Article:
Yes, it's the resistor ratio that matters and you can choose any sizes within reason. If they are too small your amplifier may load down the signal source by trying to draw too much current (that is, your amplifier's input impedance will be too low), or if they are too high then the amplifier may be affected by thermal (shot) noise in the resistors producing enough current to generate voltages across the resistors that will be amplified and seen at the output.

8. Feb 12, 2014

### Staff: Mentor

Check your power supplies. Pin 8 should be connected to the positive supply and pin 4 to the negative supply. Always refer to the pinout diagram on the spec sheet.

#### Attached Files:

• ###### Fig2.gif
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9. Feb 12, 2014

### Maylis

Ok I see now. Well, I changed the voltage polarities, and now all I get is the same output as input, not twice as much

#### Attached Files:

• ###### non inverting attempt 2.pdf
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10. Feb 12, 2014

### Staff: Mentor

In your circuit diagram I don't see a "dot" at the junction of the feedback path resistors. The other obvious junction in the circuit does have one. Can you check to make sure that the connection is really established?

11. Feb 12, 2014

### Maylis

Okay great, that was the problem. Now I see it is 2V. I'll work on page 6 and 8 of the prelab, and if I run into a problem I'll come back. Thank you very much.

12. Feb 12, 2014

### Maylis

I'm working on the derivation of the non-inverting Schmitt trigger, and I don't know how to get the formula wikipedia has for V+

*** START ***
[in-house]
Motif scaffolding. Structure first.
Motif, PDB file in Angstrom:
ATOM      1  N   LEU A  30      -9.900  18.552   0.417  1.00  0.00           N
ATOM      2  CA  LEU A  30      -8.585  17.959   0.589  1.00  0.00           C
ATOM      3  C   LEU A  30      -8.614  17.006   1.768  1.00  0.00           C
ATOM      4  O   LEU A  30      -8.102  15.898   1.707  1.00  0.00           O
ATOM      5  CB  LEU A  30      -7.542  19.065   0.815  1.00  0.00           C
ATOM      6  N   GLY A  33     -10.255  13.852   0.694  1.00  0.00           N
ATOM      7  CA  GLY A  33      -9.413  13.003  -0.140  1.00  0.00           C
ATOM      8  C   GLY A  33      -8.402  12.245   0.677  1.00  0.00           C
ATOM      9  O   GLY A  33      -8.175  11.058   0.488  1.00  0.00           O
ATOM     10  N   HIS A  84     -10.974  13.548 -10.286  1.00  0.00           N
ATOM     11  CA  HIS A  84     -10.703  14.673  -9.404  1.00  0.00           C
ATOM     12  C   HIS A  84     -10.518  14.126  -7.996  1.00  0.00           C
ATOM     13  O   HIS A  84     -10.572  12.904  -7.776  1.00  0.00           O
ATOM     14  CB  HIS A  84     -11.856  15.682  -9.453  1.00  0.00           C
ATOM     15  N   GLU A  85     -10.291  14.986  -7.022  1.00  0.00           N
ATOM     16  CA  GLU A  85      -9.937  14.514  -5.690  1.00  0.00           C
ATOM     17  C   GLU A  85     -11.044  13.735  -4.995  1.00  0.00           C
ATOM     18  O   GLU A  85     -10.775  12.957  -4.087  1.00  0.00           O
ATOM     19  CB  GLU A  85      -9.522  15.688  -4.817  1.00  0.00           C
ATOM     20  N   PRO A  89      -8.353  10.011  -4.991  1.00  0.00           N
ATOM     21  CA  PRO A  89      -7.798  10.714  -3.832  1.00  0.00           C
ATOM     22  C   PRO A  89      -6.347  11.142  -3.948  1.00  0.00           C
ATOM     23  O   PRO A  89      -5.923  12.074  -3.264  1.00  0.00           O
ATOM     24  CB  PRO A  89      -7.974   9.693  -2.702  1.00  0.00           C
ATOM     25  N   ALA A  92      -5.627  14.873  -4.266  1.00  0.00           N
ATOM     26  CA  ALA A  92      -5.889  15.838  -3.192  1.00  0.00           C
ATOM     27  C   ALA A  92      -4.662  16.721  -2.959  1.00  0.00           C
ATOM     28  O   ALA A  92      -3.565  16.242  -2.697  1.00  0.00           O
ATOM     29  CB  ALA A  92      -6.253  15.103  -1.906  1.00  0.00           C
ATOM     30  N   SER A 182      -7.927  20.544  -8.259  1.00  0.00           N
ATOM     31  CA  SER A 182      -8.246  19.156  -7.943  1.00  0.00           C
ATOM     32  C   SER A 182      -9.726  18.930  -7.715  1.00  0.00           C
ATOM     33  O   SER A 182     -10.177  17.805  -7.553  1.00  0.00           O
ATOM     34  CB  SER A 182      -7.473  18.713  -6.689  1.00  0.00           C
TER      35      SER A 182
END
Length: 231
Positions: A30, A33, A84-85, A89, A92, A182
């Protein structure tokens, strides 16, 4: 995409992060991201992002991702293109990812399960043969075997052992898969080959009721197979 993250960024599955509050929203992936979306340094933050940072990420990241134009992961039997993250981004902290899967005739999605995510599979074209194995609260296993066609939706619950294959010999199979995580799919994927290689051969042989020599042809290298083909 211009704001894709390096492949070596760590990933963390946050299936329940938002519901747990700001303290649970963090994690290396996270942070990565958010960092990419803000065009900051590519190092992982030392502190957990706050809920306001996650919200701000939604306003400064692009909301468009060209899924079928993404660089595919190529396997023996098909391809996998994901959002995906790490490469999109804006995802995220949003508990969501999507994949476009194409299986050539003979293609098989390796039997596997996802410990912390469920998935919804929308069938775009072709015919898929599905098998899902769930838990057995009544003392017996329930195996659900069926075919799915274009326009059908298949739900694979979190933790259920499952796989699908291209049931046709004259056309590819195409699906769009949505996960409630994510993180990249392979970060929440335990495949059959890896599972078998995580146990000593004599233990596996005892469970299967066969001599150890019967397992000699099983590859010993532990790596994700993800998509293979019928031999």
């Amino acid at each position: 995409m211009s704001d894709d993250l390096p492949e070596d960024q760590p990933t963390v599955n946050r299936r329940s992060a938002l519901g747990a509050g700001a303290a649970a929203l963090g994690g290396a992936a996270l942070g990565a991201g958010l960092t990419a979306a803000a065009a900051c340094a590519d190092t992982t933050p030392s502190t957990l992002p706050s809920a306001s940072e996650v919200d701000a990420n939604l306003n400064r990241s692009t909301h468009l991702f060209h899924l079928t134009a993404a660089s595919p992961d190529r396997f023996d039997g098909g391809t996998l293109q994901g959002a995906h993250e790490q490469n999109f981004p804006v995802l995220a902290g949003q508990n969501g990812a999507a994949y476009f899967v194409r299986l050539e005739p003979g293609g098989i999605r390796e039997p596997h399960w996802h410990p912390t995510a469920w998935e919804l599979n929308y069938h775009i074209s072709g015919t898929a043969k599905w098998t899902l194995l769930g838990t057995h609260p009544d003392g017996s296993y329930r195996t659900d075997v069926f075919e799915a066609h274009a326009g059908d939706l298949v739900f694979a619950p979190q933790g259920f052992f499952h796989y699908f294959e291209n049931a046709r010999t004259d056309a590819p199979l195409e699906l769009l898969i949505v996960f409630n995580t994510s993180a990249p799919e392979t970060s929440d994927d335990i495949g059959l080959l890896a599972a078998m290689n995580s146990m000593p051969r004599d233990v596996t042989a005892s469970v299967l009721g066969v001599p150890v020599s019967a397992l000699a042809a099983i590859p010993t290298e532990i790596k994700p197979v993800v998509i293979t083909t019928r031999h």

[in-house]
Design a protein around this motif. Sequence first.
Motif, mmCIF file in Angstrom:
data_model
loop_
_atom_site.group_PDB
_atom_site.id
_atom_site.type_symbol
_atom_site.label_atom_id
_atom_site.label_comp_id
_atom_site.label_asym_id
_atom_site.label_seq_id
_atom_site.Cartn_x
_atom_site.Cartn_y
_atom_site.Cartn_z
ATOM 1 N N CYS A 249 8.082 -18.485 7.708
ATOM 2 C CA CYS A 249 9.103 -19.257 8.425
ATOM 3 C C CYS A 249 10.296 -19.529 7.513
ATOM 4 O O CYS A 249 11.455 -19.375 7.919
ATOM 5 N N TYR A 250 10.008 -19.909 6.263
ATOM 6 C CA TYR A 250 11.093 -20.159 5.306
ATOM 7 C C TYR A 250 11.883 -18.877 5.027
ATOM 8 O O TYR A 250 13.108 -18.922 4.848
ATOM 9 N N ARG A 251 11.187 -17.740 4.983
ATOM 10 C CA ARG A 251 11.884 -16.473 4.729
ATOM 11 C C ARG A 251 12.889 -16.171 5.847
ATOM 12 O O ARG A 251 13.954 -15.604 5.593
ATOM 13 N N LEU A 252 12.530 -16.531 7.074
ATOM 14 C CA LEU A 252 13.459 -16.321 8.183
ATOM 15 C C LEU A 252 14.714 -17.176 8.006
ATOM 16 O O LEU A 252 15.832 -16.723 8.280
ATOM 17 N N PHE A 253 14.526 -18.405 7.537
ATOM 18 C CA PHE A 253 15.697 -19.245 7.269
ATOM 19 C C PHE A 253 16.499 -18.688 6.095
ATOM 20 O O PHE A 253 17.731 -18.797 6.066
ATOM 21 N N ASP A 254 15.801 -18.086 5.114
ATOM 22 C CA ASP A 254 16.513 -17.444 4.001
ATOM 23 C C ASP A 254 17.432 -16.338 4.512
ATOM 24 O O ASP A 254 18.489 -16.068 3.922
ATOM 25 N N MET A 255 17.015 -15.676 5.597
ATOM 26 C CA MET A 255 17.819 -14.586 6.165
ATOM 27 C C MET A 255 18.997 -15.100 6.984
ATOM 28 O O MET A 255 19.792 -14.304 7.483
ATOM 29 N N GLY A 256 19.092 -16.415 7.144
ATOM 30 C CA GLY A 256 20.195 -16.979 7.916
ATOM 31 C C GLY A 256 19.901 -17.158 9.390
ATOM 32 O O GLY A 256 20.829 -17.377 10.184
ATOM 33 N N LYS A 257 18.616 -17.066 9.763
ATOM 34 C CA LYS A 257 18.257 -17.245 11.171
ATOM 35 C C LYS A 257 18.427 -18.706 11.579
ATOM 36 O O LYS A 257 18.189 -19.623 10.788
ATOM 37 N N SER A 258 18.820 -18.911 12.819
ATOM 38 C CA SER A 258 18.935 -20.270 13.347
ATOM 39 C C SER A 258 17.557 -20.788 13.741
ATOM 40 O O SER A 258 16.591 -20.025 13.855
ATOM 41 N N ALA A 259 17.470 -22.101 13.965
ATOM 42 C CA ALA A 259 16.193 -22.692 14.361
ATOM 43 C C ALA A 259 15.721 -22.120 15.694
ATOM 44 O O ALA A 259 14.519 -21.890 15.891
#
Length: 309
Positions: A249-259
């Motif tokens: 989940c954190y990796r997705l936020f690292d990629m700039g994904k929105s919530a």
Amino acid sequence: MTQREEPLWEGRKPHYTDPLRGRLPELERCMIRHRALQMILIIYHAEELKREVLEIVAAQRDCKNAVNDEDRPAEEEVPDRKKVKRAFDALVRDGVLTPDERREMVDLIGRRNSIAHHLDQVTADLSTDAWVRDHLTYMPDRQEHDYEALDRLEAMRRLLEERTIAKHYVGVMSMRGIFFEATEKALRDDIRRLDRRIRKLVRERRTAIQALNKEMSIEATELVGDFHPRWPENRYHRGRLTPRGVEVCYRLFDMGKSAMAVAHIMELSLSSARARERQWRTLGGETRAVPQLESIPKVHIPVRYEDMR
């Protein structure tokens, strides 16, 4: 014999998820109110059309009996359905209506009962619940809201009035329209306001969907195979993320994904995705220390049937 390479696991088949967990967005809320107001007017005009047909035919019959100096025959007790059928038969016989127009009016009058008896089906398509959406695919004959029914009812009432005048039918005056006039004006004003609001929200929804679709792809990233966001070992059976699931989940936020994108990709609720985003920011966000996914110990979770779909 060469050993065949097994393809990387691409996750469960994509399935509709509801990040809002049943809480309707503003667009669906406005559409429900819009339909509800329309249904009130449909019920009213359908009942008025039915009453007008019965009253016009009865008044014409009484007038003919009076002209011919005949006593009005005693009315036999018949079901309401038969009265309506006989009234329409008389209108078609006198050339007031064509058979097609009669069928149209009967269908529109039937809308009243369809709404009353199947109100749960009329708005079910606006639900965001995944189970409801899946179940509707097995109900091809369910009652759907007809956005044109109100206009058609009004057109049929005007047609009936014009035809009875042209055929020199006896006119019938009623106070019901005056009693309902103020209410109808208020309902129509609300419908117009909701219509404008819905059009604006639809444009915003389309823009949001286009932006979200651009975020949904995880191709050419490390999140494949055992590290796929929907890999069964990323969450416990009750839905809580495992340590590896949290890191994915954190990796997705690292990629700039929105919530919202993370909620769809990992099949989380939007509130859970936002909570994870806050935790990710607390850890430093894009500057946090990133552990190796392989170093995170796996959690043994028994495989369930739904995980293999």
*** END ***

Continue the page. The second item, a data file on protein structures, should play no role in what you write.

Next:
http://en.wikipedia.org/wiki/Schmitt_trigger#Non-inverting_Schmitt_trigger

This phrase ''For instance, if the Schmitt trigger is currently in the high state, the output will be at the positive power supply rail (+VS). The output voltage V+ of the resistive summer can be found by applying the superposition theorem:''

Once I can get to that point then I can solve the rest I think.

Edit: Here is my attempt

#### Attached Files:

• ###### threshold voltage derivation.pdf
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Last edited: Feb 13, 2014
13. Feb 12, 2014

### Maylis

Also, I'm doing page 6 of the lab and I have no idea what the circuit is supposed to look like for the comparator. They don't say where the resistors should be placed, and the image up top doesn't give any indication either. Then they want a relationship between Ra, Rb, and alpha.

Here is at least what I drew as a circuit

#### Attached Files:

• ###### supply voltage derivation.pdf
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Last edited: Feb 13, 2014
14. Feb 13, 2014

### Staff: Mentor

At a glance your attempt looks fine. What problem are you having with it?

15. Feb 13, 2014

### Staff: Mentor

Your circuit looks fine. I've reproduced it here and extracted the portion of interest:

Now, you are aware that the potential at the V- pin of the op-amp will define the threshold voltage where the comparator output will make the flip between rails. So emply superposition to determine V- from the isolated circuit. You should end up with something of the form

$V- = (something)\cdot V_s$

#### Attached Files:

• ###### Fig1.gif
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16. Feb 13, 2014

### Maylis

My problem is that I did not derive the expression for V+ on my own, I just took it from wikipedia. How did they arrive at those results to begin with?

17. Feb 13, 2014

### Staff: Mentor

They assume that the output of the comparator is currently locked to one of the rails, say -Vs. They then calculate the value of the input Vin that would bring the V+ comparator input to ground potential. Passing though that critical point in the positive direction will make the V+ input positive wioth respect to the V- input and the comparator will then swing its output to the other rail: +Vs.

The calculation can be repeated for the comparator output starting at the other rail, +Vs, and the input voltage dropping through a critical value.

To analyze, replace the op-amp output with a fixed voltage source at the rail value of interest. Find the voltage at the voltage divider formed by R1 and R2. Superposition makes it easy.